Hsu Chicheng. Blossoming Blossoms of Poetry: Picked Poems of Hsu Chicheng (Chinese – English). Translated by Zhang Zhizhong. Chongqing City: The Earth Lifestyle Press (United states), 2012. Pages 382. Price tag CNY 50.00, US $ 25.00. ISBN 978–9637599-6-2/E.009
The quantity of Picked Poems of Hsu Chicheng seeks to current his poetic excellence, or, as the poet would like to say, “a new beginning stage” in his life following 70. Hsu Chicheng has been writing poetry for the previous five many years, celebrating nature and humanity: His poems depict native landscape, idyllic life, and human values with regard for Chinese custom and tradition:
“-I am established to devote myself to human beings
And I do not treatment about no matter if you eat up my flesh or consume up my blood.” (p. 361)
“The fireplace of energy shall by no means die out
And shall melt away additional wildly, wildly… ” (p. 359)
Since I do not know Chinese, I are unable to say whether or not he follows the classic Chinese poetic forms and kinds, much too, but he is modern-day in his outlook and genuine to his own ordeals and vision. As he notes in his prefatory:
“My parts are written in much more blood than in ink. Humanism is the primary level in my writing with the common subjects of countryside, landscape, and mother nature, to eulogize the sunny facet of human existence and to spur persons onward, so as to lastly carry reward to my visitors… In the earlier 50 several years, the poetry forum of Taiwan has been an animated scene: numerous types and various universities of poems. But I do not follow any other university than my own pastoral school. I go my own way by tilling my have land, sowing my very own seeds, and cultivating my have crops… ” (p. 13)
Obviously, Hsu Chicheng writes with a determination. His poetic sensibility is rooted in nature, the sea and rivers, the hills and mountains, the winds and rains, the fields and agricultural things to do, the docile domestic birds and animals, the sincerity and simplicity of the rural people, their honesty and tolerance, and the hardships of rural and city daily life, and so forth. He is also knowledgeable of the transitions seasoned at several points of time in his occupation as teacher, journalist, army judge, and post-retirement pursuits as a poet, translator and editor. His poetic imagination exudes a perception of record.
While he puts up with troubles of many sociopolitical nature and ups and downs in his possess life, his visionary orientation is ‘self’-ward inspite of the disappointing political and financial local weather outdoors. The fighter in him exhorts: “Hold quick to the will/By no means enable go of the goal/Fearful of no bitterness/Frightened of no loneliness/He shall go his personal way by himself on your own/To tread ruggedness even/To dispel haze/Strolling out of winds and rains/To embrace sunshine” p. 357), just as the meditator in him rejoices: “Sitting down silent/Quietude is here/Quietude accompanies me/Only two: she and me” (p. 369). Hsu yearns for peace and enjoys it through interior quietude “in the depth of night”. In simple fact poetry is his religious aspiration and achievement.
At 73, Hsu exults in hope and faith:
“There is almost nothing terrible about retirement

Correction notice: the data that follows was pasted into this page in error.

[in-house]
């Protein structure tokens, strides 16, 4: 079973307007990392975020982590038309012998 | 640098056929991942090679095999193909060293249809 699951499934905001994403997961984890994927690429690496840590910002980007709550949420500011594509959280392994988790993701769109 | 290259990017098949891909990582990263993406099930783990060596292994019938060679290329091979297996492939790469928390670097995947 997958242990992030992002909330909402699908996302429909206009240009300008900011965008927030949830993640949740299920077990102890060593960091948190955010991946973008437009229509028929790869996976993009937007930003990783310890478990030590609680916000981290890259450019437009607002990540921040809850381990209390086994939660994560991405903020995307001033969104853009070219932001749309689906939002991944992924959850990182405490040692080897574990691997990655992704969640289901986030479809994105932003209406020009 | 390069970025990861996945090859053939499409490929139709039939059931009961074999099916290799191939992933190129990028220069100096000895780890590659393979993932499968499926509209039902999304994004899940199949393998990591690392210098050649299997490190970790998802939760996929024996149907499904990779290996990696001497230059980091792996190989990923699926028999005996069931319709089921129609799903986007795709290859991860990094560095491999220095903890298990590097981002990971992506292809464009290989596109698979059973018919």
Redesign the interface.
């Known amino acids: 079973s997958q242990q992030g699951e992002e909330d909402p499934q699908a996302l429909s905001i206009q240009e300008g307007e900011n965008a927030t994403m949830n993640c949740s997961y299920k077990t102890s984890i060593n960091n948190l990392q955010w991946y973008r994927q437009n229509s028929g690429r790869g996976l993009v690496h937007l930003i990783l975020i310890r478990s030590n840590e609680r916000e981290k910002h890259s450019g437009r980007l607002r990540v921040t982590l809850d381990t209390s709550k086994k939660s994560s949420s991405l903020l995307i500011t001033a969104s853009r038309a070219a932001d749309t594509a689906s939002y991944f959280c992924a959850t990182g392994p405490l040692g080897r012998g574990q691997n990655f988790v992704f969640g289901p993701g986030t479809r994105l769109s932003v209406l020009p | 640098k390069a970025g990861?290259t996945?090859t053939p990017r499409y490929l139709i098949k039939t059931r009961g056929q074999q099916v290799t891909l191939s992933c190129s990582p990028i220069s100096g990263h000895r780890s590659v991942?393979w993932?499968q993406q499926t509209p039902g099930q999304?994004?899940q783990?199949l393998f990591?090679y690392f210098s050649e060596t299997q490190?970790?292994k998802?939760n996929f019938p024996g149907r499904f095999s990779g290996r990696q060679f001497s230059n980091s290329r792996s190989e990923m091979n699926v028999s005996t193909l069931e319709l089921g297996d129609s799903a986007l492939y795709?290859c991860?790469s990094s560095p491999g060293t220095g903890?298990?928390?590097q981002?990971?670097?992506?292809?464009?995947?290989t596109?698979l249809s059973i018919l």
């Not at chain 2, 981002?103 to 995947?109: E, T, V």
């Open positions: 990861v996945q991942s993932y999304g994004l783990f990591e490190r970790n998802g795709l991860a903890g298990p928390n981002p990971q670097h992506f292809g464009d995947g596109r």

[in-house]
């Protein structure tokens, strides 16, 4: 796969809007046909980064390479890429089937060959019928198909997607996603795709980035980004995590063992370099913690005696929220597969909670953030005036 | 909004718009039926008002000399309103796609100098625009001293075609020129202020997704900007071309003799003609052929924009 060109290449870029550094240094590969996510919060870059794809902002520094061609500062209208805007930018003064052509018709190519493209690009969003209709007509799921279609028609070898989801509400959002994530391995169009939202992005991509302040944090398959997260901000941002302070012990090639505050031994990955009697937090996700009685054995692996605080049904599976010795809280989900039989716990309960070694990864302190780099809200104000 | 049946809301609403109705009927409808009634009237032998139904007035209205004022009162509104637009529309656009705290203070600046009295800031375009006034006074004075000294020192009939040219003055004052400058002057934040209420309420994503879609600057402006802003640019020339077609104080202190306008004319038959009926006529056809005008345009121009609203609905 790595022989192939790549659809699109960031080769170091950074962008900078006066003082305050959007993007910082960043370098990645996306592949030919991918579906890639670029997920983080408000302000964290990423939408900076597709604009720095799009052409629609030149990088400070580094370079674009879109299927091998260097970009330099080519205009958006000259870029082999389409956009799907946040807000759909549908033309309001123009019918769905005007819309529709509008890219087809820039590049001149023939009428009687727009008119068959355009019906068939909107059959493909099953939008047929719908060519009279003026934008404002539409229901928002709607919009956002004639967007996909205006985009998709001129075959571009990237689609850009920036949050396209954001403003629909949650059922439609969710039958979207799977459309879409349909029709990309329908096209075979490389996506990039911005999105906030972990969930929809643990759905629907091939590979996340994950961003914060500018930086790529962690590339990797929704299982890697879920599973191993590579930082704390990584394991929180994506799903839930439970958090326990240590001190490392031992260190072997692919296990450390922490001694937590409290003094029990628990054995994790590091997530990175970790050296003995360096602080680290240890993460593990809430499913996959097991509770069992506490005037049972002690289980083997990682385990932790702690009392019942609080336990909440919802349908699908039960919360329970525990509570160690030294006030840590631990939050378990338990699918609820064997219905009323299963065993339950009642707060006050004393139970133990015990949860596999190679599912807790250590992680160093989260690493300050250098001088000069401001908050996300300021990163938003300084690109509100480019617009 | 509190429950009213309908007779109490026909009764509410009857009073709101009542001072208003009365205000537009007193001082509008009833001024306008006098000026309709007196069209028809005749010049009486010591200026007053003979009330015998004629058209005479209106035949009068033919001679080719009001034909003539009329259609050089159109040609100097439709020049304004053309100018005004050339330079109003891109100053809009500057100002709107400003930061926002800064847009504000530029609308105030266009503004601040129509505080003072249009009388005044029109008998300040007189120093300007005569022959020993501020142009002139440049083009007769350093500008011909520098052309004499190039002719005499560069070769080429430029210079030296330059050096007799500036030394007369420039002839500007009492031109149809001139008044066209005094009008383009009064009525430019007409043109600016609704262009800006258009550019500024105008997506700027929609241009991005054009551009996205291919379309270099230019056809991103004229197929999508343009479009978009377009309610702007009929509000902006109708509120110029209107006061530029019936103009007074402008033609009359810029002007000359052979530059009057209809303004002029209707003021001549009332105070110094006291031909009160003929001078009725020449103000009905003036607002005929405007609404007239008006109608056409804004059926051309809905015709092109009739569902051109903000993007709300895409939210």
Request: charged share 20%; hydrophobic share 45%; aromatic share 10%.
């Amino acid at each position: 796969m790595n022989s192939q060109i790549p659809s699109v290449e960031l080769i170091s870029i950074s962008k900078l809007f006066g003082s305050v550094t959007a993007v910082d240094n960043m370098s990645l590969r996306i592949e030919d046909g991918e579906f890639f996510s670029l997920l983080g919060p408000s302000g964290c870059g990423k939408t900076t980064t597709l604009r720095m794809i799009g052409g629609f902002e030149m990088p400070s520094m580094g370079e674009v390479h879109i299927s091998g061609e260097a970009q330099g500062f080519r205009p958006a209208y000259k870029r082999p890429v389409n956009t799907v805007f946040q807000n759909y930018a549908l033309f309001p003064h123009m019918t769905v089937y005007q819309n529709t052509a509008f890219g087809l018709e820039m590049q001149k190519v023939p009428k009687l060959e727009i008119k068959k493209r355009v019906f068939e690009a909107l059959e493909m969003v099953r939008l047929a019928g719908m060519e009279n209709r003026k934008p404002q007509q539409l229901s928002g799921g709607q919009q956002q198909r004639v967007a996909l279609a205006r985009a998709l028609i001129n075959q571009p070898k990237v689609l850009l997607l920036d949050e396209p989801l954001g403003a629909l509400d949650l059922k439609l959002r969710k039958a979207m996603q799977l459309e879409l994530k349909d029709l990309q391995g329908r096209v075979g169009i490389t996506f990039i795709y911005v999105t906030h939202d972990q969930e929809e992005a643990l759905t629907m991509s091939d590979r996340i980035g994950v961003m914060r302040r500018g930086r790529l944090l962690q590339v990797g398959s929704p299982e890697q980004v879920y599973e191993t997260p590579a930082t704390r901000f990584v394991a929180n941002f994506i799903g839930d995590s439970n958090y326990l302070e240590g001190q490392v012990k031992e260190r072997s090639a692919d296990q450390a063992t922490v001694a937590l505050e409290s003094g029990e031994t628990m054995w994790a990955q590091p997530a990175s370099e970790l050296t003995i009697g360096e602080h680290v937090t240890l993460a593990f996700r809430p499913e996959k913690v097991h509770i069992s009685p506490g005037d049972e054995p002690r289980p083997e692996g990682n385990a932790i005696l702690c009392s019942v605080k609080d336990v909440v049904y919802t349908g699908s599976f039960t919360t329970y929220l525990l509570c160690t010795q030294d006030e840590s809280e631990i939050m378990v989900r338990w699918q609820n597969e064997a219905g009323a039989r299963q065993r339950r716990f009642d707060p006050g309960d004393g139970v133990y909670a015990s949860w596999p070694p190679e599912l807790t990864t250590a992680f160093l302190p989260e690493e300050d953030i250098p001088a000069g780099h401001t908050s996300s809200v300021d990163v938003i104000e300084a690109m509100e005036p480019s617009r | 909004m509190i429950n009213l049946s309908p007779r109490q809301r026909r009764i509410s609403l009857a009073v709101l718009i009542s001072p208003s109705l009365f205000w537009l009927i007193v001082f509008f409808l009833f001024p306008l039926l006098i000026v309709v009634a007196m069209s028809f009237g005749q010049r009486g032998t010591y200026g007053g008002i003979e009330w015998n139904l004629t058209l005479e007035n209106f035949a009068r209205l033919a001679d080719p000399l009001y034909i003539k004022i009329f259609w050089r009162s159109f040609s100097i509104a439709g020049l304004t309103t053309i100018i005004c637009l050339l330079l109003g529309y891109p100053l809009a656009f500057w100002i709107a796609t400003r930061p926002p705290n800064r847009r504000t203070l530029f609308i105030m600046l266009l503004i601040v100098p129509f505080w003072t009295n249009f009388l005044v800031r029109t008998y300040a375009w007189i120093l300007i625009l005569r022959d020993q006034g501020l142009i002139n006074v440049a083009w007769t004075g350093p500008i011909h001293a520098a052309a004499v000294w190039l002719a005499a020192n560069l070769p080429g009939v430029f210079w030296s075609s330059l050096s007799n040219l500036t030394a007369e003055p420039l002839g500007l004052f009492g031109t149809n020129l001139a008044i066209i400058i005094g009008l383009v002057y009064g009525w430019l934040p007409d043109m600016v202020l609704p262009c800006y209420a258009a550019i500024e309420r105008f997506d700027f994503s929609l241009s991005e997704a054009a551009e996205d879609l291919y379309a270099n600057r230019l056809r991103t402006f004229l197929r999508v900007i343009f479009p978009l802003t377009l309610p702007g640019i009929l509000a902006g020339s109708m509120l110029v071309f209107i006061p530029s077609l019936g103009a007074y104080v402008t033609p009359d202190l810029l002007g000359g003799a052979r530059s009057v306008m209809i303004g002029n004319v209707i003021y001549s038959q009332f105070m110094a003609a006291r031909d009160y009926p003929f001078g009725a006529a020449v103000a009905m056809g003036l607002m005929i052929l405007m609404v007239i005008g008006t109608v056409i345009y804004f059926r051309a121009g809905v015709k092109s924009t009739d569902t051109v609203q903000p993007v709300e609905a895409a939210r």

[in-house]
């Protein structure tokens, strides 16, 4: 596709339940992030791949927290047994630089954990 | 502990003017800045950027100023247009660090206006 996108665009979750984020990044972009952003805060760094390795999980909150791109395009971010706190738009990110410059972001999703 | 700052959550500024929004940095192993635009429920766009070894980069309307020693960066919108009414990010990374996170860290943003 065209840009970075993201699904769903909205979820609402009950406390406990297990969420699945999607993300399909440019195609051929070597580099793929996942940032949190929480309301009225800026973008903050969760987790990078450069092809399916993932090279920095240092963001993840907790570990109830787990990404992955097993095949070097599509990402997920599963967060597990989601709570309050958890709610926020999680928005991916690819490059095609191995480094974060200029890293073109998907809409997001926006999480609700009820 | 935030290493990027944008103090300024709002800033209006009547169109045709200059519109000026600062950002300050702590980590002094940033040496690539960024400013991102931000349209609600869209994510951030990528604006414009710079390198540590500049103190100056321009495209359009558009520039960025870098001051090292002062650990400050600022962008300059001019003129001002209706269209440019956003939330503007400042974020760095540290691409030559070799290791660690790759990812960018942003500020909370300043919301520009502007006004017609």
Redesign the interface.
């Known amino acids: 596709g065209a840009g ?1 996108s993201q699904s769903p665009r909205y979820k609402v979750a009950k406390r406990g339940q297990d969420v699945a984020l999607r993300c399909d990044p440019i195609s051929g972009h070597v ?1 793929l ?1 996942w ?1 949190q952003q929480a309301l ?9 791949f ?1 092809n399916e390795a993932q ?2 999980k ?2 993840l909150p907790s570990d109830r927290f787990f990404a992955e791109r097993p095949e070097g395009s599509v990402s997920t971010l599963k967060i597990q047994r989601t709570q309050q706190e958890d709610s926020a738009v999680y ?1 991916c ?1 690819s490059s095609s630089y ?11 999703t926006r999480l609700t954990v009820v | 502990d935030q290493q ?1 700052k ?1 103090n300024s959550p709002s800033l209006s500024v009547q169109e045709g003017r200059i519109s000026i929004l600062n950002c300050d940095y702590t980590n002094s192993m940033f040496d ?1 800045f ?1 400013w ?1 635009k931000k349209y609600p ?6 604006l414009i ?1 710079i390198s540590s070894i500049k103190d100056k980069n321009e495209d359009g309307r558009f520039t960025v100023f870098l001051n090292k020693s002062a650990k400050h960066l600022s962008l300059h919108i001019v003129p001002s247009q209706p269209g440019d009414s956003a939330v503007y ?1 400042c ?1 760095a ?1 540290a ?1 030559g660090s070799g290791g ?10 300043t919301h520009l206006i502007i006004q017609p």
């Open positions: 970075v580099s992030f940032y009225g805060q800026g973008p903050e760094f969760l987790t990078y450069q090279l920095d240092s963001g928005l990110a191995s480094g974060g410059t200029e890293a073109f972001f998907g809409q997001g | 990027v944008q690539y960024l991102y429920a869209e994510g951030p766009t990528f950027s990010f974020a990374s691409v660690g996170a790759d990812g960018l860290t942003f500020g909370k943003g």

There is absolutely nothing negative about dusk
I can paint even now
–Although it is portray the afterglow
It can paint much better” (p. 165)
“Now dusk! Twilight is gathering
What is the size of the extended lane ahead?
Is the lane clean or hard of going for walks?
In spite of uncertainty
In spite of tiredness and issues in walking
No stop and no relaxation
One’s bravery has to be taken in equally palms
To respect and attract the colorful sunset glow” (p. 475)
“Continue to he does not abandon his hope
He is on the in search of with no sparing any hard work
… (p. 367)
Hsu loves brightness (p. 355) and sees hope in winter season, “Under no circumstances eliminate your religion/And hold out patiently” (p. 353),as he says. To him, aging is a bliss, a new opportunity:
“This time to be additional steady and additional steadfast
Spiritually oneself will have to be totally remoulded
To prevail over corporeal growing older
To shoulder the load of several years
To be walking in scorching heat, critical coldness, and winds & rains
To overstep myriads of hills and rills, as perfectly as bumpiness of roads… ”
(‘Seventy Yrs as Spring’, p. 351)
“We increase our heads and overlook, expecting yet another entire world
We increase our heads and overlook, expecting a further spring”
(‘Reappearance’, p. 347)
Hsu Chicheng as a delicate observer of himself, other individuals, and nature, voices a cost-free spirit with consciousness of the cycle of variations and reminiscences of childhood, expansion, and getting older. His poems are as authentic as his silvery hair and maintain the fireplace of hope and religion burning (cf. pp. 333, 299, 271, 257).
Poet editor Zhang Zhizhong ‘s word for phrase literal translation, as it appears to me, effectively demonstrates the progress of Hsu’s thoughts and personality and areas him in the forefront of up to date Chinese poetry. He is ably joined by a pair of other translator poets, namely Yang Zongze, Yang Xu, and Hsu Chicheng himself who translate some of the best poems in the assortment. I also feel that with their near looking at of Hsu’s poetic texts and/or their presentation in correct contexts, Zhang Zhizhong and some others have served open up new spaces in Chinese poetry, be it from major land China, or from Hong Kong and Taiwan. The translators are worthy of congrats for their professional rendering of Hsu’s inspiring and refreshing texts and contexts.[ad_2]
Write-up Resource by Ram Krishna Singh